Hey, you can read the full comic here. This would normally be subscriber only, but I want to talk more about pathfinder without gate-keeping stuff. Also, hey, sign up and get exclusive comics, paper miniatures, crunchy stat-filled homebrews, and the occasional adventure.
So here are some running thoughts on Pathfinder. We’re about half-way through the first module, and it’s a really well designed adventure beyond being simply playtest material. The writing is compelling and the encounters have been fun. We’re not exactly racing through the material though.
We’re coming to this fresh from a bunch of long, interconnected D&D 5e sessions. 5e is a mechanically simple RPG that rewards, I think, a lot of different playstyles and RP styles. Pathfinder 2e is more complicated (not much more, I don’t think, but it takes some getting used to) — but that complexity comes with a lot more flexibility, and I think, a more proactively narrative-oriented RPG than 5e. For example, in 5e, characters have an investigate skill. I can create a puzzle with stuff to find in it, as the DM, and it’s perfectly fair for the characters to solve that by its player saying, “I’d like to investigate the room.” They used the key-word. I know what roll they want to make. If they hit a high enough number, they find the key or the spell scroll or whatever was tucked away in the room. Pathfinder 2e’s skills a laid in a way to encourage more probing play. There’s no investigate skill, so players will have to say what, specifically, they’re doing to search that same room for clues.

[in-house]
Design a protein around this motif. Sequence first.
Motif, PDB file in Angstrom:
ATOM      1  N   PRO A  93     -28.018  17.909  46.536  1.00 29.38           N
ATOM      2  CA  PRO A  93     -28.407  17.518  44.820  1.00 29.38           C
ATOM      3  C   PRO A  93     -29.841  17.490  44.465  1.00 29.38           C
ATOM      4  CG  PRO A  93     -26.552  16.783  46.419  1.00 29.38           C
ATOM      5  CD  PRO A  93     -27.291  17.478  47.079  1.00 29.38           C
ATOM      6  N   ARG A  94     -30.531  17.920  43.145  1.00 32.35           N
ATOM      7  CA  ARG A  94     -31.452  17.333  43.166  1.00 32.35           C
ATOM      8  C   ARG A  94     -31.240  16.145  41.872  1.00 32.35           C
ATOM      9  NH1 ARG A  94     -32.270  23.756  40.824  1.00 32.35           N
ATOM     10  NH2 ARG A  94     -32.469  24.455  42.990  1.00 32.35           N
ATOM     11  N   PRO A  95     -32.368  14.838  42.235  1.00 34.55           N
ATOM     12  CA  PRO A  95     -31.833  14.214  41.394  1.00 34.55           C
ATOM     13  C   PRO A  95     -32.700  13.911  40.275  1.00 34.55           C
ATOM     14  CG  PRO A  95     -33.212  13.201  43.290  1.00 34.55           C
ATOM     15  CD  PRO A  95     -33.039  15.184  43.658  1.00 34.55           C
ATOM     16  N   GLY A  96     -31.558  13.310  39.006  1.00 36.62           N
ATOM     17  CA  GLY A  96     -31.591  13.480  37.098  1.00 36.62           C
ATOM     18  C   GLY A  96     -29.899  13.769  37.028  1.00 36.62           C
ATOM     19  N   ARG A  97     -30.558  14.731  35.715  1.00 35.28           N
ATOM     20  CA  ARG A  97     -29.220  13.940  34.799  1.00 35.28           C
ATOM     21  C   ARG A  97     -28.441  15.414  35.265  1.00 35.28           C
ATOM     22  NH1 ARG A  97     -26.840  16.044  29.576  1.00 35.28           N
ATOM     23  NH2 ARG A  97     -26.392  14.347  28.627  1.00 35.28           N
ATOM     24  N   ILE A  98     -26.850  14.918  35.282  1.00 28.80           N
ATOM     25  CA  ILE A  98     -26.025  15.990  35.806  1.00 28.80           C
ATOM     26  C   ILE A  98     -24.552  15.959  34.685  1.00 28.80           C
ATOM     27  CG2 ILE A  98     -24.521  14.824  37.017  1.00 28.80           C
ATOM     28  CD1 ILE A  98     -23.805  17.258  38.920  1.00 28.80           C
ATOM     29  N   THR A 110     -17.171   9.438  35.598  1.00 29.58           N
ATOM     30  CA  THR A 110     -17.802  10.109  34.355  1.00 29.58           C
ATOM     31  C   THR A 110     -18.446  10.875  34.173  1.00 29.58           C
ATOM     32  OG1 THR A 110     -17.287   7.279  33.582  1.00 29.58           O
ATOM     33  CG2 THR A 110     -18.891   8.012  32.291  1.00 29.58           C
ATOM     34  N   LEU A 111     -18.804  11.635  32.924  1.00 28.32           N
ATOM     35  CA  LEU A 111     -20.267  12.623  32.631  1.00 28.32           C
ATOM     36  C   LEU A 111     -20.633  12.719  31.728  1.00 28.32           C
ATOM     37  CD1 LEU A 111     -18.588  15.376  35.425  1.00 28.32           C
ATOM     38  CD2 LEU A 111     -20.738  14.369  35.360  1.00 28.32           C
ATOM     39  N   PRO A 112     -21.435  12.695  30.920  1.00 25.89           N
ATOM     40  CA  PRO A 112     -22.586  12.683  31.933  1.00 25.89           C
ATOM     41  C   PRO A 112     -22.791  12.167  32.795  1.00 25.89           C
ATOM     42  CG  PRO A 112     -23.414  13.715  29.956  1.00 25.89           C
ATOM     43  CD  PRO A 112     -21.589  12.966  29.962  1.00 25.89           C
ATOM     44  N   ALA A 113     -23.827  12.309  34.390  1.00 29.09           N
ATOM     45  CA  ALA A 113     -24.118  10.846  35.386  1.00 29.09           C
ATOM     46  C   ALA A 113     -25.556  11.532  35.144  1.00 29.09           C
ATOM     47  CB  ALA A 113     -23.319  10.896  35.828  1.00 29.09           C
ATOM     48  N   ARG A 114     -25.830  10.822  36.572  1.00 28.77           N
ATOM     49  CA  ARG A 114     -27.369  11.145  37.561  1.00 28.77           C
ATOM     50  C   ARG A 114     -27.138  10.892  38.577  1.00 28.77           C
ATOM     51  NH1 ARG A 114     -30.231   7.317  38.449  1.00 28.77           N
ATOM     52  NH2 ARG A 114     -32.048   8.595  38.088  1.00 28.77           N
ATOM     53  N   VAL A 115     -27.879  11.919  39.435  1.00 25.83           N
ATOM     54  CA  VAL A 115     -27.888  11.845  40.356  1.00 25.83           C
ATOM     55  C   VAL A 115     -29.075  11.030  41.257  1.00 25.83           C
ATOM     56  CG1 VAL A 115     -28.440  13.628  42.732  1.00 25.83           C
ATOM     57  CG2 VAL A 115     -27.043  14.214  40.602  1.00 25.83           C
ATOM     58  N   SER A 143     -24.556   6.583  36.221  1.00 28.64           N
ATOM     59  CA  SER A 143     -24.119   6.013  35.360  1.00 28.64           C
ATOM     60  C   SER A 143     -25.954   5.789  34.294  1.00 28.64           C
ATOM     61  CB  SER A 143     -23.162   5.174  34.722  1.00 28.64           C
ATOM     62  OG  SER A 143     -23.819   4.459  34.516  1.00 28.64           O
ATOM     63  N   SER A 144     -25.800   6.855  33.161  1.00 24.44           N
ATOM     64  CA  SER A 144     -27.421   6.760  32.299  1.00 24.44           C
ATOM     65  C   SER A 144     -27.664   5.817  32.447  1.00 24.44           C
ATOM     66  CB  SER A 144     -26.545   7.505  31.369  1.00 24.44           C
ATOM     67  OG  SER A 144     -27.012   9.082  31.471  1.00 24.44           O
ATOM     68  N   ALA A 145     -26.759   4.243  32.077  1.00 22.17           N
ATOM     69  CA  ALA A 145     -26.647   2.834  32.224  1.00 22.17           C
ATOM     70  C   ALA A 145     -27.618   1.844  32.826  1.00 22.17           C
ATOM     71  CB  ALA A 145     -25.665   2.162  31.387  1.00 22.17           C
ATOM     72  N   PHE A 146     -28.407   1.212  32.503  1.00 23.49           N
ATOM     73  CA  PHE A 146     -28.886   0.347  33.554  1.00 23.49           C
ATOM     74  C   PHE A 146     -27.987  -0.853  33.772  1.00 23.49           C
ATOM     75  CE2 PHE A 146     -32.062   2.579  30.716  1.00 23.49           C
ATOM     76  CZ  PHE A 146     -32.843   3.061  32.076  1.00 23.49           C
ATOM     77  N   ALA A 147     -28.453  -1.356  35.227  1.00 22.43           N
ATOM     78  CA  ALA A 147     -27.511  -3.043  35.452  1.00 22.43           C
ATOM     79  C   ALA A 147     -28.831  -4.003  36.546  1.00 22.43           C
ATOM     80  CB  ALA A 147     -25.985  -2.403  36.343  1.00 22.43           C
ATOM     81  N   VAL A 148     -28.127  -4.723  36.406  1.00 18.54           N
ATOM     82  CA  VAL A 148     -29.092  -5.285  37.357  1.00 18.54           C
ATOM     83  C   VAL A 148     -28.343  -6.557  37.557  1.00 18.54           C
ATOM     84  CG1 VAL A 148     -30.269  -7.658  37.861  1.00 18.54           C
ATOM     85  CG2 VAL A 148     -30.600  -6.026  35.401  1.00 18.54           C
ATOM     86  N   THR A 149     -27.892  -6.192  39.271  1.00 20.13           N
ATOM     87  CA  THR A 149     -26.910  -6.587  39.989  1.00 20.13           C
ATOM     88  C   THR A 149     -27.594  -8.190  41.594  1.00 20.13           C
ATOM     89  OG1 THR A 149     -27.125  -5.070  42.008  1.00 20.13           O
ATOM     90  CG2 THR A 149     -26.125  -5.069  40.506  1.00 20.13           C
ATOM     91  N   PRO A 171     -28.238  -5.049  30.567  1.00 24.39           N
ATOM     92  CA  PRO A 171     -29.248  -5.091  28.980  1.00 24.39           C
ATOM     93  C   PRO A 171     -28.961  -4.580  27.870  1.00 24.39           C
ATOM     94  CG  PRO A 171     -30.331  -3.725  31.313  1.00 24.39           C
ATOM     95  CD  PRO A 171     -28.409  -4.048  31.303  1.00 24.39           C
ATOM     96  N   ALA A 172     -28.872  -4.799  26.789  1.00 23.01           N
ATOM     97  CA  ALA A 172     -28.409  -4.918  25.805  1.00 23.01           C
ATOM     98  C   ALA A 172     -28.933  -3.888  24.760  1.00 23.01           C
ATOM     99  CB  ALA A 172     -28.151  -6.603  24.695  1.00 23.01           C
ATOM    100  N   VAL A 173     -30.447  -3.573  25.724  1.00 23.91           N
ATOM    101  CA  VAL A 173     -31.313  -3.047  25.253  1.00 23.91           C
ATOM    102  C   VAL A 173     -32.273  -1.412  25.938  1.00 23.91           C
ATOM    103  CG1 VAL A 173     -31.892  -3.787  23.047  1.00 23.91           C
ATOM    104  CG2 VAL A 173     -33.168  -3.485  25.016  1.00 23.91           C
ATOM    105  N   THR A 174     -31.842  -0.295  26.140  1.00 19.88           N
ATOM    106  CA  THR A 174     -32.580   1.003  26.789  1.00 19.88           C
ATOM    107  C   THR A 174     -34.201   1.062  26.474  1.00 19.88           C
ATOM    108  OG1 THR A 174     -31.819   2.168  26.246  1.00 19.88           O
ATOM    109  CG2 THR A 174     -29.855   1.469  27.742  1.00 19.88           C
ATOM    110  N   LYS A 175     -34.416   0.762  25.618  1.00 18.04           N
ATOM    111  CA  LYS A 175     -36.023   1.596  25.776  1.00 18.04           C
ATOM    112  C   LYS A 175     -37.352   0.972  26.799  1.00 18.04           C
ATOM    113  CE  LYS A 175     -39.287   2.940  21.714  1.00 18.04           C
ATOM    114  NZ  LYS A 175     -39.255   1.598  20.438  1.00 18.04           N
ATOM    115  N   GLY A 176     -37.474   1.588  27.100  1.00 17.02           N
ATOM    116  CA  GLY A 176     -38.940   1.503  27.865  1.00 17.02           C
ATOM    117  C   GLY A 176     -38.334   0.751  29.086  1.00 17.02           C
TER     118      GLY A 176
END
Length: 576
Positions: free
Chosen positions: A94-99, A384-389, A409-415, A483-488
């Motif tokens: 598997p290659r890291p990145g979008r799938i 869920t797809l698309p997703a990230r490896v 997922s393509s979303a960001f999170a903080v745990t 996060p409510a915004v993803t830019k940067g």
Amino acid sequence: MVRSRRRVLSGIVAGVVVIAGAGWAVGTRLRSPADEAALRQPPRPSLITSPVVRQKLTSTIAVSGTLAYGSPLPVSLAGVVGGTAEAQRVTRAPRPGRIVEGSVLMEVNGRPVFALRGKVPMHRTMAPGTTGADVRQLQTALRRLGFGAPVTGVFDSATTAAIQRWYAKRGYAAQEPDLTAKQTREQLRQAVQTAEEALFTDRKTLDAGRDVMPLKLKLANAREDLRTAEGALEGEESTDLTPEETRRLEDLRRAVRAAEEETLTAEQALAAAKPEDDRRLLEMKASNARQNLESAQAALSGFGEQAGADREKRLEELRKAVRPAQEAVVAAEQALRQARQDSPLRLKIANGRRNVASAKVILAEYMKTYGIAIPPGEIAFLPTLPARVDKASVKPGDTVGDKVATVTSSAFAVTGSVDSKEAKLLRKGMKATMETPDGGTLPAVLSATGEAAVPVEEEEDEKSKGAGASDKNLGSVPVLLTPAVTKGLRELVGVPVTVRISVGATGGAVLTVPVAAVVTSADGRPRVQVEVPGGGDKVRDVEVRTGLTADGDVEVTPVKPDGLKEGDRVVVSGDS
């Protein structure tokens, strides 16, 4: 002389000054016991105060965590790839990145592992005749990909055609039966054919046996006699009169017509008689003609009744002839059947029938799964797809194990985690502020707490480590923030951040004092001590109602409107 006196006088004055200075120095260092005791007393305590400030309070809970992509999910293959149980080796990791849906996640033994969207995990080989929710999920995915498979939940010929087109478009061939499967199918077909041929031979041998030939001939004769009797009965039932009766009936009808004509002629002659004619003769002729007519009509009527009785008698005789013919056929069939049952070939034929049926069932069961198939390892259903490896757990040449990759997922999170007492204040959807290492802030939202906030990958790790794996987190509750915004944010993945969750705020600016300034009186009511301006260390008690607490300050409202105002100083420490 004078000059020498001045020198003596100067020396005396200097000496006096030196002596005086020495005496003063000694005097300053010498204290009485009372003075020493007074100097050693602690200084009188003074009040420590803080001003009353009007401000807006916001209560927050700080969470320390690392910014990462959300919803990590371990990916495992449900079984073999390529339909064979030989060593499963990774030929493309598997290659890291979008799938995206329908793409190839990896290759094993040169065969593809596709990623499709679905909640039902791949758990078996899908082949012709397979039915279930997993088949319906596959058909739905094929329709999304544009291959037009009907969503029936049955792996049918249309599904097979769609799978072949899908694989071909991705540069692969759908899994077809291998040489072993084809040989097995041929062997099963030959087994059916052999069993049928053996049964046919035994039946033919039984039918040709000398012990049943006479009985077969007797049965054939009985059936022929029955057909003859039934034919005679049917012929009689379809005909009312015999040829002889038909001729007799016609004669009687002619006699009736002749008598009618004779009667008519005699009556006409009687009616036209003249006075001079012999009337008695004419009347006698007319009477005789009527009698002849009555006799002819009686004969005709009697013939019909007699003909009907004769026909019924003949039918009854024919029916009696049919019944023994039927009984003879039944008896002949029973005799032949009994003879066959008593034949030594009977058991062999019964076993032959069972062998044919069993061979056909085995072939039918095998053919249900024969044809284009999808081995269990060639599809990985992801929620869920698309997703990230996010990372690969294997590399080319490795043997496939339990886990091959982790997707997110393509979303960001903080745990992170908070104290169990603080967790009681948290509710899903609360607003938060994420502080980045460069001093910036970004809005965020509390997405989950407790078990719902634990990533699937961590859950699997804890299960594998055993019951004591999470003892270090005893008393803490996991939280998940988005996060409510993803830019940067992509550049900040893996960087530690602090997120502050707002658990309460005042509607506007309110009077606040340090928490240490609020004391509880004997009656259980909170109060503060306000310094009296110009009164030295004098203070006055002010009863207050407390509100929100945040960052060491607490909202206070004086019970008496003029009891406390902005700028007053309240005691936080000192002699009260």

The skills feel a little out-of-tune right now, and I’m hoping that Paizo makes some changes to how proficiency is calculated, but despite any grumping you might hear when you google this, the system is perfectly playable even in this early form.
And, in general, I think Paizo gets WAY more right than they’re getting wrong.
Races have been reflavored as “ancestries” which is nice for a lot of reasons — it’s a dogwhistle for chasing off certain political types from the game, which I deeply appreciate — but also just a better way of thinking about the differences between elves, humans, and other fantasy humanoids. And every time you make a dwarf, it can be different from other dwarves you’ve played right out the gate, since you customize your ancestry with feats. In fact, this is how you make half-orcs and half-elves.
The action economy is also really engaging now, and I enjoy spell-casters a lot more for it. You have three actions, and you can do whatever you want with them. Attack three times? Go for it. Move, jump off a ledge, and then attack? Cool. I mentioned spell-casters because their spells take actions up according to the requirements to cast. Verbal requirements are an action, somatic requirements are an action, and so on, such that a complicated spell can be your whole turn. Or you can (I think) divide the casting over several turns.
By far my favorite interaction so far, though, is using one action to cast true strike and a section action to boop a fucker.
Not that I’ve personally done that, DMing and all.
I have a few complaints, but it’s play-test material, and the last time I sat down and played it was two weeks ago; I’d want to have the material much fresher in my mind before leveling any harsh criticisms at it, especially since Paizo is rolling out errata already.
For now, Pathfinder 2e left me with a pretty good taste in my mouth. The playtest materials are free, so grab ’em and let us know if you’d play the new system.